“Everything we're going to do will be geared towards protecting that early fruit and pushing the maturity to drive those yields and the quality we need,” says Voth, who consults with growers in Kansas and the Oklahoma Panhandle. “If it’s not managed correctly, there’s a high risk of crop failure.”

Early planting

One of the management decisions Voth encourages is early planting. “When the weather gives us a glimpse of warmer weather, get that cotton in the ground and get it going. That’s a big advantage, planting early versus a little later in the season. Every heat unit is so valuable for us.”


Also of value to this region is the type of cotton they’re planting.

Prior to the release of 2,4-D cotton varieties, 2,4-D drift damage, “pretty much ran cotton out of the region,” says Jon Nesler, gin manager at Northwest Cotton Gowers Co-op, Moscow, Kansas, where Isaacs and growers from Texas, Oklahoma and Kansas gin their cotton.

“Now that there's some 2, 4-D resistant cotton, people aren't afraid to grow it anymore,” says Nesler. “The damage was happening late, so they'd have good fields and all of a sudden they'd be gone. With the new technology, they don't have that concern anymore. And the yields are just outrageous on this ground that's never had cotton on it before.”

Northwest Cotton Growers is predicting to gin close to 110,000 bales this year, which is up considerably from years past — from ginning 4,599 bales in 2015 to 10,429 bales in 2016 to 63,215 bales last year.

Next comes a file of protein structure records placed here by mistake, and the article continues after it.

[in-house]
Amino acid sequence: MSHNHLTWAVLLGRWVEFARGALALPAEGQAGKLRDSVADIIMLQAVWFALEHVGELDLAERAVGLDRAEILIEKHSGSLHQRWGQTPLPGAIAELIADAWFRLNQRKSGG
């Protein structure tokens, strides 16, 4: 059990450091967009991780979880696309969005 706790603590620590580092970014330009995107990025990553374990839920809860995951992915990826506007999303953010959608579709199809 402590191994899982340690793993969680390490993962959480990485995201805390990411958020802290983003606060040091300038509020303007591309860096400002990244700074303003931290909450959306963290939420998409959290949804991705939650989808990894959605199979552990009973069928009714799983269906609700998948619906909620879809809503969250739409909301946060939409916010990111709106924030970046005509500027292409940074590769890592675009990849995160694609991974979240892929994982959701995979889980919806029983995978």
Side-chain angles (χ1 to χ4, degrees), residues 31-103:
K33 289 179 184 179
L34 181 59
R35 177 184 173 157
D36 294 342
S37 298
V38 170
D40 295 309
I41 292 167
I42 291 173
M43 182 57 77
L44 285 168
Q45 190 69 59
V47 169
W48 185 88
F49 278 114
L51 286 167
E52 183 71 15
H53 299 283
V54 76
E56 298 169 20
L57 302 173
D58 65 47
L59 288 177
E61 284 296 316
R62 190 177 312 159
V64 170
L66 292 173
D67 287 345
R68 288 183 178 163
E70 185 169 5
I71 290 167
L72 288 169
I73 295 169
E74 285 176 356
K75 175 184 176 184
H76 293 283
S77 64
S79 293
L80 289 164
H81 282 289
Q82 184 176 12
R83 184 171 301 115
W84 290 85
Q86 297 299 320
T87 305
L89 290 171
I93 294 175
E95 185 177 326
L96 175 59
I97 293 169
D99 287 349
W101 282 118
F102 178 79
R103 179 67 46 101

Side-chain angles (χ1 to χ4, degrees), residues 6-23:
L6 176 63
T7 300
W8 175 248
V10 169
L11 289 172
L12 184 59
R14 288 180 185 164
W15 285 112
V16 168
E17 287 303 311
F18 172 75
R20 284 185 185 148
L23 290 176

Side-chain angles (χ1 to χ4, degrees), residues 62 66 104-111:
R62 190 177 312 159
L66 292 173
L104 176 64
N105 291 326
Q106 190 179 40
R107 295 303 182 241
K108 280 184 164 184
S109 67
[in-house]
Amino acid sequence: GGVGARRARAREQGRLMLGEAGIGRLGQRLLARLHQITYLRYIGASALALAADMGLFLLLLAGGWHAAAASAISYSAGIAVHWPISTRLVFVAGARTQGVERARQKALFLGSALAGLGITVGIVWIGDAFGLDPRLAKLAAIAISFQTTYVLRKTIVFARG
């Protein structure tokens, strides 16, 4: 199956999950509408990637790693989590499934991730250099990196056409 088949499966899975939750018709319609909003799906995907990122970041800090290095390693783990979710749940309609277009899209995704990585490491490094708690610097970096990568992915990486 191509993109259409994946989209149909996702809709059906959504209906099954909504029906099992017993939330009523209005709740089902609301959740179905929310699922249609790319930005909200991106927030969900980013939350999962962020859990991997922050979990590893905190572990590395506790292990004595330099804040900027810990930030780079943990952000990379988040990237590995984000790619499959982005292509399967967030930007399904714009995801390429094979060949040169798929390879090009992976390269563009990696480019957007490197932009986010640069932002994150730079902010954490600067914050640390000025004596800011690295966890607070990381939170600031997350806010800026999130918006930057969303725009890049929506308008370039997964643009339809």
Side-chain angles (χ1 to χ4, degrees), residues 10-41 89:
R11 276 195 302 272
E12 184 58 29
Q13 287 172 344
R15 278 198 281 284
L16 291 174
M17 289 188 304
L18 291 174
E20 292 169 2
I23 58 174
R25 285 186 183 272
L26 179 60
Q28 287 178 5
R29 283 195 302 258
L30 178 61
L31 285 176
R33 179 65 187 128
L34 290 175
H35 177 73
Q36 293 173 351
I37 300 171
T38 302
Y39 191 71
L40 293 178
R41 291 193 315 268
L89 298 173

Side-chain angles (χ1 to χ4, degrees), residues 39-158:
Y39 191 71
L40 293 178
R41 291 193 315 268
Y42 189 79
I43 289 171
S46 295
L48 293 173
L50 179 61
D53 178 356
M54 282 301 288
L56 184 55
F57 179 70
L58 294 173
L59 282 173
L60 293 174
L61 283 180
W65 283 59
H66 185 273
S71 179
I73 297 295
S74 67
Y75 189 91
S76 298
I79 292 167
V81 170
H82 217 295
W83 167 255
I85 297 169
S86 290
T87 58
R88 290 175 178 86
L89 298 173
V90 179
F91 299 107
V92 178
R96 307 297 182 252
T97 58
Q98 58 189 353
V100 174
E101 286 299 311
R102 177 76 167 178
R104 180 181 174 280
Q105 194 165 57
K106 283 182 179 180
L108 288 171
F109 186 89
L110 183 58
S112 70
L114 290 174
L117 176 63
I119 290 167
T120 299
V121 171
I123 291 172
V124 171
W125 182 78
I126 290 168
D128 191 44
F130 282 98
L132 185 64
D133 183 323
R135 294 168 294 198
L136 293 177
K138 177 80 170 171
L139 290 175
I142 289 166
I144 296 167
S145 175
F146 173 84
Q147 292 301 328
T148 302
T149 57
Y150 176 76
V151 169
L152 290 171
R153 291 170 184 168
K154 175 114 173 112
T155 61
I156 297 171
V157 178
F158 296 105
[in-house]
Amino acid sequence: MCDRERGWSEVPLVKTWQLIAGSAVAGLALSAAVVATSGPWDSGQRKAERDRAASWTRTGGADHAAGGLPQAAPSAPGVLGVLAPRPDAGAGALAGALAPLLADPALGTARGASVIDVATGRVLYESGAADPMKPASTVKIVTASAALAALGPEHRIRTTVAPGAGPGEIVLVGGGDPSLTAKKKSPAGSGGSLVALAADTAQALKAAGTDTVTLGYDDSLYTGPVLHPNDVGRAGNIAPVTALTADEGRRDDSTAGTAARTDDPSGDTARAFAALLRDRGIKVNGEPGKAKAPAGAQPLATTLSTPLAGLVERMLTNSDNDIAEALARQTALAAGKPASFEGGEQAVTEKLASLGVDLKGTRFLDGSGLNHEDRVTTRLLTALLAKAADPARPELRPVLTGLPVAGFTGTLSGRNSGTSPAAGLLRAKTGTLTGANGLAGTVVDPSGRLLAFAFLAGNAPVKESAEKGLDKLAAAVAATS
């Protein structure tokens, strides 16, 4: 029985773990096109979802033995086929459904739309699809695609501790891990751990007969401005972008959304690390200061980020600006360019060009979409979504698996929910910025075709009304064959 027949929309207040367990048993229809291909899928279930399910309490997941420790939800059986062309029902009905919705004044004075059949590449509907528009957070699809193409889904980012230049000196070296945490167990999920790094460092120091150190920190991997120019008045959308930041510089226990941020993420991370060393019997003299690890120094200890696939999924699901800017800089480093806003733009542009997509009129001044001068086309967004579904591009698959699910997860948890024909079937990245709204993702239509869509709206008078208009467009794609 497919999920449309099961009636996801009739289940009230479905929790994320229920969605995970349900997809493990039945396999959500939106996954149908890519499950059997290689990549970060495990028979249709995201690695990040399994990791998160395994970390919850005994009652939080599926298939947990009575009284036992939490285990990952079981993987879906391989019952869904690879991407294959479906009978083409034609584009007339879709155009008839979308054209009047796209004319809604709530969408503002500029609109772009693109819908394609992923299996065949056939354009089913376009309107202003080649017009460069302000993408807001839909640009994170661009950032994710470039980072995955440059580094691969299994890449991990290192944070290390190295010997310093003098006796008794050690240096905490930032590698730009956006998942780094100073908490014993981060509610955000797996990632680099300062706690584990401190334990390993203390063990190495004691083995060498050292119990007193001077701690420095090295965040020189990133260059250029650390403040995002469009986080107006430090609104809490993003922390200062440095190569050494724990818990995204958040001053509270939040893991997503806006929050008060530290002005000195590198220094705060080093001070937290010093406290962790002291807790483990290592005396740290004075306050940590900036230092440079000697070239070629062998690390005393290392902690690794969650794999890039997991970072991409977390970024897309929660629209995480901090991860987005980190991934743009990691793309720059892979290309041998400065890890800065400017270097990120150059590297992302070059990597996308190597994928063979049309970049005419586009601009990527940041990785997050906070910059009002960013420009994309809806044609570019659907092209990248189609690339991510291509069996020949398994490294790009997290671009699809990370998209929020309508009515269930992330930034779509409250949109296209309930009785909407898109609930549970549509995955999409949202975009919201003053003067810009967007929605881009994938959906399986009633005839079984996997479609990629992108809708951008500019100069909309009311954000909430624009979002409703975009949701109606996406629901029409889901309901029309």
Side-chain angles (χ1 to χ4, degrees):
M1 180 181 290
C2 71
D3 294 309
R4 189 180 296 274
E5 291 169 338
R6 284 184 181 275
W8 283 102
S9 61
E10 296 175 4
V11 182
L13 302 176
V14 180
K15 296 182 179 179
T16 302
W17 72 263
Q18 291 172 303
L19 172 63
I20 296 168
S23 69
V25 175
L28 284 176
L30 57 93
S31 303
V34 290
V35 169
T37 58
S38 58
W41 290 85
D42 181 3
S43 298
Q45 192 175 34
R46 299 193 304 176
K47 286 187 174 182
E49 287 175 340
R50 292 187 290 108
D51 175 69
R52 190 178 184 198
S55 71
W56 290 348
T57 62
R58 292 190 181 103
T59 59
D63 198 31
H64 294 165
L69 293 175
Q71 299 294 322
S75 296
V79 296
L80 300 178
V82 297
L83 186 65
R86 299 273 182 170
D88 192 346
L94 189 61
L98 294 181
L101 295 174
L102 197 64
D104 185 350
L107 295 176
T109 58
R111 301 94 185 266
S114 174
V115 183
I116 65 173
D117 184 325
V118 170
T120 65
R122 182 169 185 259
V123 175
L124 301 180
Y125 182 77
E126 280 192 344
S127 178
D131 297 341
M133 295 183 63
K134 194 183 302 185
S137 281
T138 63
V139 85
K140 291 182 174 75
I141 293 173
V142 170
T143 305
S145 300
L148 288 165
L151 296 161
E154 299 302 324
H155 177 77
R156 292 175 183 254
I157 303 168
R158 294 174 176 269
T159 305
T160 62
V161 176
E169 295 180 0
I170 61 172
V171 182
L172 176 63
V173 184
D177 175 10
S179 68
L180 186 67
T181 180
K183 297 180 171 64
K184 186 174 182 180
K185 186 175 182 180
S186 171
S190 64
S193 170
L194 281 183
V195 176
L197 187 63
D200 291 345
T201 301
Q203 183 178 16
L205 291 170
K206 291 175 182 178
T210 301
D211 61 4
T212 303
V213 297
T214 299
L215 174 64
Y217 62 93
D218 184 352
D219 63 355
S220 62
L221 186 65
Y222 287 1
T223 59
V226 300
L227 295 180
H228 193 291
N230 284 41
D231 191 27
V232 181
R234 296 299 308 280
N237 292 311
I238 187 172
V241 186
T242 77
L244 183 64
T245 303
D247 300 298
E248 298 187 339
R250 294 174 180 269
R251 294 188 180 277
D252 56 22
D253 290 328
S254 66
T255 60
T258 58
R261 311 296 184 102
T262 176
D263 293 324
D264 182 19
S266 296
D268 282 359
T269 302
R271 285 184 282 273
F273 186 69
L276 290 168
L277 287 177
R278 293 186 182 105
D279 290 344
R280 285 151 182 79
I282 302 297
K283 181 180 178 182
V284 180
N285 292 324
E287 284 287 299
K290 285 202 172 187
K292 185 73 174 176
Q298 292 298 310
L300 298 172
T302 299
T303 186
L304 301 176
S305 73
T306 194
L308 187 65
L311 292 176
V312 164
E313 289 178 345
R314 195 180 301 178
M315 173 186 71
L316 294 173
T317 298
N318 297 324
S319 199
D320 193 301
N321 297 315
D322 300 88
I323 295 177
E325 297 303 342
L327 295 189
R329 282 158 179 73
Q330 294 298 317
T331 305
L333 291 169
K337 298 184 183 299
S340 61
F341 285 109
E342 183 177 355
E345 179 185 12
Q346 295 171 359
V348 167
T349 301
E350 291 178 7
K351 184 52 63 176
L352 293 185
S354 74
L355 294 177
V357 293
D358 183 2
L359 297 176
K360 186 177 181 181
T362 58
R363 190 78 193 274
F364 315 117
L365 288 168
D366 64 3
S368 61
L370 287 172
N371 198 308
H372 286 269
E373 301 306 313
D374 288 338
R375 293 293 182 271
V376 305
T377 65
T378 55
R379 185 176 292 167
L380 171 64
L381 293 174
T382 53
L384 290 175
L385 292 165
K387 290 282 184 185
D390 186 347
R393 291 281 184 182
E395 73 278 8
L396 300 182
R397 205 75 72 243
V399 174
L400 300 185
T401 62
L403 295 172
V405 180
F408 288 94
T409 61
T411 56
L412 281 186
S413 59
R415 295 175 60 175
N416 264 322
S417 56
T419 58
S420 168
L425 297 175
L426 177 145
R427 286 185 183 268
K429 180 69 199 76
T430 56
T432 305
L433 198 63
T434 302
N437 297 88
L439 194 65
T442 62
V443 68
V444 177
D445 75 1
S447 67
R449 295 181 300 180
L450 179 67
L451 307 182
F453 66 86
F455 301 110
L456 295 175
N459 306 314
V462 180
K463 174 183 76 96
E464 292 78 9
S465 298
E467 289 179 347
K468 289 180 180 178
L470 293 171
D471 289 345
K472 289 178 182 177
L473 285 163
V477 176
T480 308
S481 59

Unreal yields

“Yields this year are anywhere from three to five bales to the acre, to be conservative,” Nesler says. “I know we had some four-and-a-half bales — it’s unreal how good this cotton is.”

Isaacs says he doesn’t have quality results back on all of his cotton, but between the yields and grades he has received on his irrigated acres, he says he’s pleased. “We’ve been real excited.”

But that won’t be the case for his dryland acres, which struggled to get established in the midst of drought conditions at the beginning of the season. “We didn’t have good stands in our dryland, and it’s going to hurt the yields when we get into it. The dryland yield could have been phenomenal if we’d had the stand, but because of that, I think we’ll have a decent average.”


Statewide, Oklahoma’s planted acres in 2018, are up about 200,000 compared to last year, according to Seth Byrd, Oklahoma State University Extension cotton specialist. And while harvest is underway, it has been stalled off-and-on by wet weather systems, creating questions about what the quality of the crop will be by the time harvest is complete.


Oklahoma Panhandle farmer Russell Isaacs has converted a third of his acres to cotton.


“The quality looks okay so far but it’s such a small sample size,” says Byrd. “The problem will be that the quality we’re going to have coming out of most of our acres will have gone through a lot of this harsh weather, whereas the quality we saw earlier had not gone through so much. I hope we can maintain what we were seeing earlier.”